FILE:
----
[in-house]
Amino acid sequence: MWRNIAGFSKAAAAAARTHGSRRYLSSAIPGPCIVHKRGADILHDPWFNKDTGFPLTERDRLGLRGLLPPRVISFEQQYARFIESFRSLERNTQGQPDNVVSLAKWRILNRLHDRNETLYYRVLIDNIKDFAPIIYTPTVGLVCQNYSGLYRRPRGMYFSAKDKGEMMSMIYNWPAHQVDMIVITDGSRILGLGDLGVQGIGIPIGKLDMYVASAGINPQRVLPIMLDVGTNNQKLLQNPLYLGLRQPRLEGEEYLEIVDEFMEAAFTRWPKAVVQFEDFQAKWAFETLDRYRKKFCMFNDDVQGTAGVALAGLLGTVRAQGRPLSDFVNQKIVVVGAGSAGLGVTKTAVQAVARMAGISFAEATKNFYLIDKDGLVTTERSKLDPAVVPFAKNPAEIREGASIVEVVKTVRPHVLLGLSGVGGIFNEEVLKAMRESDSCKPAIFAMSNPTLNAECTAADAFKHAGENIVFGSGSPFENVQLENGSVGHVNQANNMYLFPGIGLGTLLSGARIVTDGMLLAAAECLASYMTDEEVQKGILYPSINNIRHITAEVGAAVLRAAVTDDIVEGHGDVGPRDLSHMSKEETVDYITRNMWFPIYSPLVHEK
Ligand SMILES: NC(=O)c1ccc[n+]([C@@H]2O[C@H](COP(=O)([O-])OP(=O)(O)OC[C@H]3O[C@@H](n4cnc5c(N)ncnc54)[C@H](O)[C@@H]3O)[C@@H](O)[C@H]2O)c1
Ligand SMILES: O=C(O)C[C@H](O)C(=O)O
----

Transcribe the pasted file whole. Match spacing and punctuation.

[in-house]
Amino acid sequence: MWRNIAGFSKAAAAAARTHGSRRYLSSAIPGPCIVHKRGADILHDPWFNKDTGFPLTERDRLGLRGLLPPRVISFEQQYARFIESFRSLERNTQGQPDNVVSLAKWRILNRLHDRNETLYYRVLIDNIKDFAPIIYTPTVGLVCQNYSGLYRRPRGMYFSAKDKGEMMSMIYNWPAHQVDMIVITDGSRILGLGDLGVQGIGIPIGKLDMYVASAGINPQRVLPIMLDVGTNNQKLLQNPLYLGLRQPRLEGEEYLEIVDEFMEAAFTRWPKAVVQFEDFQAKWAFETLDRYRKKFCMFNDDVQGTAGVALAGLLGTVRAQGRPLSDFVNQKIVVVGAGSAGLGVTKTAVQAVARMAGISFAEATKNFYLIDKDGLVTTERSKLDPAVVPFAKNPAEIREGASIVEVVKTVRPHVLLGLSGVGGIFNEEVLKAMRESDSCKPAIFAMSNPTLNAECTAADAFKHAGENIVFGSGSPFENVQLENGSVGHVNQANNMYLFPGIGLGTLLSGARIVTDGMLLAAAECLASYMTDEEVQKGILYPSINNIRHITAEVGAAVLRAAVTDDIVEGHGDVGPRDLSHMSKEETVDYITRNMWFPIYSPLVHEK
Ligand SMILES: NC(=O)c1ccc[n+]([C@@H]2O[C@H](COP(=O)([O-])OP(=O)(O)OC[C@H]3O[C@@H](n4cnc5c(N)ncnc54)[C@H](O)[C@@H]3O)[C@@H](O)[C@H]2O)c1
Ligand SMILES: O=C(O)C[C@H](O)C(=O)O